A Most Disappointing Cinematic Experience – Grand Theft Auto IV

Forgive me, if you will, but I would like to change genres for a second to share with you my most disappointing recent cinematic experience.  And no, I’m not talking about any of this summer’s super hyped movies (which have been pretty good from what I’ve seen thus far).  Instead, I’m talking about one of the most highly rated, best selling video games of all time, Grand Theft Auto IV.

First of all, I have to admit to being spoiled by the GTA series overall.  San Andreas was better than Vice City which was better than GTA III.  San Andreas may be the one of the best video games period.

Still, unlike movies that constantly disappoint with sequels, one expects video games to get better with every iteration.  At least not go backwards.  Here are just some of the places where GTA IV represents a downgrade from San Andreas: (1) no RPG elements for your character, meaning that you can no longer improve his shooting, driving, or physical condition; (2) the setting, while intricately detailed overall, is boring and repetitive from the street level and exists without the variety of San Andreas; (3) not as many side activities such as gambling; (4) the characters and storyline are far less compelling; (5) no more businesses or real estate which means you make all of this money basically to buy weapons; (6) while you can restart missions right away, there are no longer any checkpoints meaning you have to do a lot of boring, long drives just to get to the mission over and over; (7) the new wanted level system where you have to outrun the cops is a pain in the butt; and, (8) the vehicles are harder to control.

That last one is especially important since a significant portion of this version of GTA is on the road.  This is most glaring with motorcycles.  In GTA San Andreas, motorcycles are the best vehicles, easiest to shoot off of, and great in any situation.  In GTA IV, all drive by shooting is nearly pointless and the motorcycles are death traps that you can no longer control at high speeds.  Realistic, sure.  Less fun, absolutely.

My biggest beef with GTA IV, however deals with the ending.  While the game has been out for several years, I feel compelled to issue a:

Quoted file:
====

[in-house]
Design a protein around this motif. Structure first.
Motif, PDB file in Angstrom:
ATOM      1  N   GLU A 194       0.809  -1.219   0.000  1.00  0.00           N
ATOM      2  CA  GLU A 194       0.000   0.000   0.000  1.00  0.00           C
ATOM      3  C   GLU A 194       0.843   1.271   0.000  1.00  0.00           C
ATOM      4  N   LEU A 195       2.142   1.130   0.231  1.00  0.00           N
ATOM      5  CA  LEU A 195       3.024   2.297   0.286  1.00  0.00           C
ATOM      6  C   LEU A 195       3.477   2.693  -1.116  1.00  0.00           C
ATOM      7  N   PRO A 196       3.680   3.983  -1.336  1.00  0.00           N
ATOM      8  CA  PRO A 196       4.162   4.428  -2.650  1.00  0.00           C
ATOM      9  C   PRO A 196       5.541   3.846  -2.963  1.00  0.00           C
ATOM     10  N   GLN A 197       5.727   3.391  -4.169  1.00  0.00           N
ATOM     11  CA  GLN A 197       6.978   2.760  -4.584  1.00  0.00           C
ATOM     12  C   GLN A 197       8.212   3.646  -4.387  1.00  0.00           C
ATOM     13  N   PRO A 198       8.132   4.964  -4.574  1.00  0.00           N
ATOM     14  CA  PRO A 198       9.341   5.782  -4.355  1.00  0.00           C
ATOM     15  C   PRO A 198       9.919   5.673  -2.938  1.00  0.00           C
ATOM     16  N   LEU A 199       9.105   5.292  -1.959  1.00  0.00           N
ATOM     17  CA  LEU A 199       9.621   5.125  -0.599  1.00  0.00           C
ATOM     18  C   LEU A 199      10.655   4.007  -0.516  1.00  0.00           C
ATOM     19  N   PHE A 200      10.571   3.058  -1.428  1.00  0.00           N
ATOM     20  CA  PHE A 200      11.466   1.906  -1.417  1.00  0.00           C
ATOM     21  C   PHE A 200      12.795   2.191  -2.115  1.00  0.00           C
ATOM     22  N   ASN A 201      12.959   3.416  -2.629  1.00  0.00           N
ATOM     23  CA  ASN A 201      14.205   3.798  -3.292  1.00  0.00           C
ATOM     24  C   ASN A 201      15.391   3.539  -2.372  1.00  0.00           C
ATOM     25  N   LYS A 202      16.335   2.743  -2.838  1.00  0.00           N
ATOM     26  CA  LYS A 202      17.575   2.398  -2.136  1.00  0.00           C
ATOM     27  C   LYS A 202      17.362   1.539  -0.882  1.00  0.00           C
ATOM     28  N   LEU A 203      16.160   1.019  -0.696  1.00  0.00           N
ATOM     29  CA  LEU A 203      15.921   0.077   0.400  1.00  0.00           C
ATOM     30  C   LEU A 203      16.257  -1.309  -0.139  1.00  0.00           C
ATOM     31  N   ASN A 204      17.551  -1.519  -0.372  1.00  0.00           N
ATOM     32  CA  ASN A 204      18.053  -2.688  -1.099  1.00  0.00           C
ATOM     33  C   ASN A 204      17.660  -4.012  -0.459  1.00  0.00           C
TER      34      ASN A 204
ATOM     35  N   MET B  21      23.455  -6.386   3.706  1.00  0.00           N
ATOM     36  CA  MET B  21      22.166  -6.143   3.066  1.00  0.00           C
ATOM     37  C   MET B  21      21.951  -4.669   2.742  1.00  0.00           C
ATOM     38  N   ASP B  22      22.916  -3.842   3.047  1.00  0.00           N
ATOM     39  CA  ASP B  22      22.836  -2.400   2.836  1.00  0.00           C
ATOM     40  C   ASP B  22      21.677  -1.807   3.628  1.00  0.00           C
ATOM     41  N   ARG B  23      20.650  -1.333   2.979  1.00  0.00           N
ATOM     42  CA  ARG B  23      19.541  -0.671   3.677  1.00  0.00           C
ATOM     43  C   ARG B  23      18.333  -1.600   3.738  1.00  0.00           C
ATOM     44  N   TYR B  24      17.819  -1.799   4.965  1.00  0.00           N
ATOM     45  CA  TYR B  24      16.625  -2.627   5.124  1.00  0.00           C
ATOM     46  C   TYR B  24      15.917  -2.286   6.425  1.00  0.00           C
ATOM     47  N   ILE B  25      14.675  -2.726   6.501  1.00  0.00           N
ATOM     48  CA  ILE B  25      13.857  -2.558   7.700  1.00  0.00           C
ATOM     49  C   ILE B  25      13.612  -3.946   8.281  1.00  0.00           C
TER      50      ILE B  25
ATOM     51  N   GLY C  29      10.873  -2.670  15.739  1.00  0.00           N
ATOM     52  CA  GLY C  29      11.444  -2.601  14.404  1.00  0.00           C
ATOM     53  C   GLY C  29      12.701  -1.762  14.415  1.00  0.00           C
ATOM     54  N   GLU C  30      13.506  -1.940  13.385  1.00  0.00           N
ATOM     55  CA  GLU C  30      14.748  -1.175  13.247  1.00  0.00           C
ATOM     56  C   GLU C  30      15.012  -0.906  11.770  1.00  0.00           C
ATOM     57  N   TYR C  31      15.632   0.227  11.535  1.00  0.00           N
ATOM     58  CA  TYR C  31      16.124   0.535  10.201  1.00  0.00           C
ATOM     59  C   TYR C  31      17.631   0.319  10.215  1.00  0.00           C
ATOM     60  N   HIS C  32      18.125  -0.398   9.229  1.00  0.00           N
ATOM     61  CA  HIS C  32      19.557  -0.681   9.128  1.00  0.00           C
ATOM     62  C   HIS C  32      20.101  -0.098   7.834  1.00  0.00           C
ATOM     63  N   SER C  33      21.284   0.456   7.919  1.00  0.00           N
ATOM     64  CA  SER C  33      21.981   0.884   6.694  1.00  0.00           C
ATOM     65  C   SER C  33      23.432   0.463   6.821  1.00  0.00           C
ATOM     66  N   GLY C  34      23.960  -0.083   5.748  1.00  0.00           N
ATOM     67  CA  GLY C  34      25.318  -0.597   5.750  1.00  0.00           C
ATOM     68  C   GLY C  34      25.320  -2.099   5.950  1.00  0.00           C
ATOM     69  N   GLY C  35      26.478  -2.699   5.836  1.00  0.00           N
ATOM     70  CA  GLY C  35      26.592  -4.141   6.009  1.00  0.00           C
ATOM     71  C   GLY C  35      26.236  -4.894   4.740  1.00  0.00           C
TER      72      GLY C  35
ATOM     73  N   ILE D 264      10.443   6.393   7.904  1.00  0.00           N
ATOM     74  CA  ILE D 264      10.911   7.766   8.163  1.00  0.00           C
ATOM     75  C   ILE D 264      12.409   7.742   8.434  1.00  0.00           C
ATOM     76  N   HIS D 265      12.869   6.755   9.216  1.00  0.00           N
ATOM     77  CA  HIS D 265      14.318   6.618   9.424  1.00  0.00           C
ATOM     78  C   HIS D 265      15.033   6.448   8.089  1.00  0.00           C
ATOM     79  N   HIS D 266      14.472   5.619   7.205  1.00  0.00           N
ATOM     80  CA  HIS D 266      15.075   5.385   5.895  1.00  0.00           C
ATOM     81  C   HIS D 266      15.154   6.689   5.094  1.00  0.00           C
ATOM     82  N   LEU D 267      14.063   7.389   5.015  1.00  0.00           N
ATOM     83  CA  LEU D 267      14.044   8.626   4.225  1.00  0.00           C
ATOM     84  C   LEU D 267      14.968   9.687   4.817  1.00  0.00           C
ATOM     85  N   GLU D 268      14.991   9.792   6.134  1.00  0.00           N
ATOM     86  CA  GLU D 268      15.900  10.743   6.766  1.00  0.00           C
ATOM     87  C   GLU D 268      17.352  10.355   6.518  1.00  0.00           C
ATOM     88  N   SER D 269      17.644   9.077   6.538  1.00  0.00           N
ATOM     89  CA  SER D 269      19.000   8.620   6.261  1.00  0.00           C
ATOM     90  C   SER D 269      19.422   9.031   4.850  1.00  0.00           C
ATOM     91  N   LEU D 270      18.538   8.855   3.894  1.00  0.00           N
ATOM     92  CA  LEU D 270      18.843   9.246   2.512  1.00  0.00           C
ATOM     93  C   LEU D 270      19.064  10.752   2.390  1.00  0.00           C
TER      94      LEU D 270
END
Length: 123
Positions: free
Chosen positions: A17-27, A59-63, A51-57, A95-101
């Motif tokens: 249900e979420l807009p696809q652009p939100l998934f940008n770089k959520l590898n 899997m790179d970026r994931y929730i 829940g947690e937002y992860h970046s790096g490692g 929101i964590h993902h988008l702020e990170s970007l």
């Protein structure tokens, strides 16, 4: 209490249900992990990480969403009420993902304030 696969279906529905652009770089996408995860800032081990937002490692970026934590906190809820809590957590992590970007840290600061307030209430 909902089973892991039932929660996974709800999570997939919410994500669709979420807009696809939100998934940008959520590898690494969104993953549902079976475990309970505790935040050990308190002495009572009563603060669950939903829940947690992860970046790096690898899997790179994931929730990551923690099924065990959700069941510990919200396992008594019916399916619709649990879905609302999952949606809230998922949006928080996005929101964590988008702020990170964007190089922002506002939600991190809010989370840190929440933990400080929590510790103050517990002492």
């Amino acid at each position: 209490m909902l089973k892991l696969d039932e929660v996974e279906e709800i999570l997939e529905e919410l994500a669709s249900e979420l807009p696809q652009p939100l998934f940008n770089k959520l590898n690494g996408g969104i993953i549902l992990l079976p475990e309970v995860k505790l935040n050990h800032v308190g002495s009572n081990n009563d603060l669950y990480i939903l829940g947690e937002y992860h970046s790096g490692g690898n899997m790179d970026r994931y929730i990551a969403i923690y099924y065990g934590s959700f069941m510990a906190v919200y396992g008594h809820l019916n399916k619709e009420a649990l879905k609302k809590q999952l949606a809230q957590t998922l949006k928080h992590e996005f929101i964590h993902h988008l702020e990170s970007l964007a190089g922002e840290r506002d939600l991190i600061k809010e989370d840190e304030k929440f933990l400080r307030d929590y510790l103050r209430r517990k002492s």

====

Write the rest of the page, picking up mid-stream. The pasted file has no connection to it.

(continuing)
<<<Spoiler Alert>>>

GTA IV gives you two choices at the end.  Either your girlfriend leaves you and your best friend dies, or your girlfriend dies.  Either way your character ends the game miserable and alone.  Certainly the game is making a point about the callousness of violence and the emptiness of revenge, and some would applaud its cinematic aspirations.  I do not.

First of all, it’s a video game.  Forgive me if I want to save the Princess from Donkey Kong or Bowser or Gannondorf or whomever has kidnapped her.  I just spent the last 30 damn hours playing this thing and all I ask is for a satisfying ending.  If I want real world themes and anti-climax I would have spent the last 30 hours reading “War and Peace” or “Return of the Native.”

It’s bad enough your girlfriend spends all of her time moralizing and telling you how you shouldn’t be a criminal anymore.  And that’s all well and good – for the real world.  The GTA universe is a horrifying world where actions like mowing over pedestrians on the sidewalk (to say nothing of picking up prostitutes, killing them, and taking your money back) have no consequences.  Machine gun toting maniacs are everywhere, the government corrupt beyond the wildest dreams of only the most off kilter conspiracy theorists, and people can just mow you down on the sidewalk and nothing happens to them.  In this universe, if you aren’t a criminal there is something seriously wrong with you. Anyway all I ask is that my character saves the day and ends up with the girl at the end.

And that brings me to my final point – where does GTA get off moralizing the consequences of violence and the emptiness of vengeance?  It’s not a friggin’ Ibsen play.  I just spent the last 30 hours of my life enacting car chasing and mowing down criminals with machine guns and bazookas.  In fact, the designers of the game created it that way – why are they now trying to make me feel bad about it?  And in what universe, besides maybe the inherently twisted one they’ve created, do they get off moralizing?  Did I mention that in the game you can pick up prostitutes, shoot them, and take your money back with no consequences?  And the creators of THAT universe are getting preachy?

And I’m done.  The next post will be movie related, I promise.

(c) 2012 D.G. McCabe